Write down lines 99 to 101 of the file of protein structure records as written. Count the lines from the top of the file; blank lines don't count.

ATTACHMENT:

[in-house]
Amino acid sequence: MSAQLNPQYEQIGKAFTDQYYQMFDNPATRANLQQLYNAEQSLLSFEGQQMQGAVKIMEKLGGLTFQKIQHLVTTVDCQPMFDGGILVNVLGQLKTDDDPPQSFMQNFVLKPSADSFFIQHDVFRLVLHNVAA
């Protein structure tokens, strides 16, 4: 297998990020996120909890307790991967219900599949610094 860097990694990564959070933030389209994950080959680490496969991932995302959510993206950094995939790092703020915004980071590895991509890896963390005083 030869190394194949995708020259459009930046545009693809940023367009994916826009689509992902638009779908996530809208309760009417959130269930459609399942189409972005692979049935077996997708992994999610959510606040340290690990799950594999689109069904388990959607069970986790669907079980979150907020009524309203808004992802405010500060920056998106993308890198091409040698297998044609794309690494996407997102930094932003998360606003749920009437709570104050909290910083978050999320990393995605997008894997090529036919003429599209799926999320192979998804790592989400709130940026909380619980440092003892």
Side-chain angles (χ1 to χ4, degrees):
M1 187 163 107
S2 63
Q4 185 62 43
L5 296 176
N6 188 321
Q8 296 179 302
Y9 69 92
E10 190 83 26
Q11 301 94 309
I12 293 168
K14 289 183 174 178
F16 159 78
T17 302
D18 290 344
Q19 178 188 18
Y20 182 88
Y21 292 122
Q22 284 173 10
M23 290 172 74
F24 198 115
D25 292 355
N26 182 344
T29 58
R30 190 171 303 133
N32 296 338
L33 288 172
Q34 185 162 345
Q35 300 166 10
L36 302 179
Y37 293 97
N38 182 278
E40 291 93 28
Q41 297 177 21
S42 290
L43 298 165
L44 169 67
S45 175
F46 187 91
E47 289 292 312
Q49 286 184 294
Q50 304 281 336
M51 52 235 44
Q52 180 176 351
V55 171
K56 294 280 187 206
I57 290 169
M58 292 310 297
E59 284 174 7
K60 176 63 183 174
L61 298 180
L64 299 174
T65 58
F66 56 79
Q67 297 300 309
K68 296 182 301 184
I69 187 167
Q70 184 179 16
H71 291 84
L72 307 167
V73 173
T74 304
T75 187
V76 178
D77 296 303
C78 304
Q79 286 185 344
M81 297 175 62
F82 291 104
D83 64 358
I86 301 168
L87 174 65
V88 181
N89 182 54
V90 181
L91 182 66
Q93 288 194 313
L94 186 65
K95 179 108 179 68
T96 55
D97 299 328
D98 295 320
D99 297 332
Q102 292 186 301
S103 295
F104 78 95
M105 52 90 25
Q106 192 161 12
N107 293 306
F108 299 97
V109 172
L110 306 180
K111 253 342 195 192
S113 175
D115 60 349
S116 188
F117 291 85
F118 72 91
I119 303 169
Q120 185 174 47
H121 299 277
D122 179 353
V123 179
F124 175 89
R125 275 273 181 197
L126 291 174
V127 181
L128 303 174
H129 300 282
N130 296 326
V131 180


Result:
S116 188
F117 291 85
F118 72 91